According to Sallée et al. they have shown, consistent with this, in a companion paper that the density of mode water is biased light as the result of unrealistically too large formation of subtropical mode water in the western Indian and western Pacific sectors, and the formation of subantarctic mode water in the eastern Indian and Pacific sectors is too weak (Sallée et al., 2013).

Understanding the bias in winter mixed layer depth

As described above, the multimodal average of MLD bias can be used to understand the general shortcomings of the ensemble of models, though it hides a range of structures that are very distinct across the models. In this section the spread of MLD patterns in each model is detailed, and the forcings are analysed to understand better what primarily leads to the distinct MLD representations across the models. The focus was on the circumpolar band of very deep mixed layer (MLDmax) that develops on the northern edge of the Antarctic Circumpolar Current (ACC) in winter, where the mode and intermediate waters form (McCartney, 1977; Hanawa & Talley, 2001; Sallée et al., 2006).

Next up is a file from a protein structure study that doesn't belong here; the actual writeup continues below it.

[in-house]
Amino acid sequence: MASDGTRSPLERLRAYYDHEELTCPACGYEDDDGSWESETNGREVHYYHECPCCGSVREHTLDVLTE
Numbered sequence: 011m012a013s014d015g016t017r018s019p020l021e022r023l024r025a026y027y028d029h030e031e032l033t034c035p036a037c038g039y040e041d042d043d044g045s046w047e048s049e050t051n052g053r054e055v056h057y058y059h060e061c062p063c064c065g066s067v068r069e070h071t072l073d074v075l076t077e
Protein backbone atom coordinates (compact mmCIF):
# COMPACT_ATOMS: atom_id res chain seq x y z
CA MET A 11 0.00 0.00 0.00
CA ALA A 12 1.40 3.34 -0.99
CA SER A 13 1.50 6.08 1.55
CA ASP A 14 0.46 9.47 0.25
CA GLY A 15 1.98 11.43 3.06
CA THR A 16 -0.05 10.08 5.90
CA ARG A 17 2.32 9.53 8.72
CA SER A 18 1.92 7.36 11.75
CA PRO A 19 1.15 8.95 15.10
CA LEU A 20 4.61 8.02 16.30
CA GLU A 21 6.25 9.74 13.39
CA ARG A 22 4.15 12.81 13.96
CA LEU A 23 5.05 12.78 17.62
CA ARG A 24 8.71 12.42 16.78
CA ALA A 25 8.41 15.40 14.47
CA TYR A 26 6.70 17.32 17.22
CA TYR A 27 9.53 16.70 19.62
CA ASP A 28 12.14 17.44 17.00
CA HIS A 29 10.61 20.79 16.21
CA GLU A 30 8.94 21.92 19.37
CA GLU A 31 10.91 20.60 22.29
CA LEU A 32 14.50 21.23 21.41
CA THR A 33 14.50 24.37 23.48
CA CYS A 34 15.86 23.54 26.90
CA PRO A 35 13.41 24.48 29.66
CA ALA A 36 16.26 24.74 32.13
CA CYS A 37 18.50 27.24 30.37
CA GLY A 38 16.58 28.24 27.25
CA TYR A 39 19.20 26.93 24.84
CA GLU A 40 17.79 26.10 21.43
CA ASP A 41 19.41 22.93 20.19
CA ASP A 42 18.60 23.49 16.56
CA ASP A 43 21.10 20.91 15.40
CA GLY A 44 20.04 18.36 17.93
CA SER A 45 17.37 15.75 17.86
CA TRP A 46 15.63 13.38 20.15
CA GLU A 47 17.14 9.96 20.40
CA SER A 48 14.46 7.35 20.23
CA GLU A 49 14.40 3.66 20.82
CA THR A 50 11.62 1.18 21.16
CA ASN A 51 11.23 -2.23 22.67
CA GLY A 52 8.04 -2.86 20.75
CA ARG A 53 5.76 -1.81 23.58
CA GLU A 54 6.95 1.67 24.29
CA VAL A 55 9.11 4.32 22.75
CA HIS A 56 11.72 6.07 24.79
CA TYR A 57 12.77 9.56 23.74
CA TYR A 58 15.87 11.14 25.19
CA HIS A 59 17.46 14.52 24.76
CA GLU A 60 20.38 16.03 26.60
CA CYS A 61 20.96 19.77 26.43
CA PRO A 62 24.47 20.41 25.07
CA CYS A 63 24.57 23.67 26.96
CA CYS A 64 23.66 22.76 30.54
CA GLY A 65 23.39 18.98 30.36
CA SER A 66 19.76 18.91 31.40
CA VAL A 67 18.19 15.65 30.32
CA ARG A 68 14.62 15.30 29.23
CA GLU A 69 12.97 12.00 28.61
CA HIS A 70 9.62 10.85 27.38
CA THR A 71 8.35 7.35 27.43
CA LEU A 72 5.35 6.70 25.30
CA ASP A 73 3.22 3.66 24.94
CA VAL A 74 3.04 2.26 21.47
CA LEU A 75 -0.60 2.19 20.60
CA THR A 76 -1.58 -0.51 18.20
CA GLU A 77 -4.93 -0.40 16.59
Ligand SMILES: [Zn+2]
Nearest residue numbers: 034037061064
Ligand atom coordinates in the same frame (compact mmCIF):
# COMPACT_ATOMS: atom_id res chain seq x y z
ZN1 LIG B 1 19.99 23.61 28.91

Conclusions and discussion

The representation of the winter mixed layer in the Southern Ocean has been evaluated in 21 climate models that participated in the CMIP5 exercise. In the climate models that were analysed the region MLDmax, where mode and intermediate waters form and are preconditioned, is shallower, lighter and more towards the equator than it has been observed. There are important implications for characteristics of mode and intermediate waters and the rate at which they enter the interior of the ocean. For the dissolution and sequestration of carbon dioxide in the interior of the ocean this is of primary importance (Séférian et al., 2012; Sallée et al., 2012).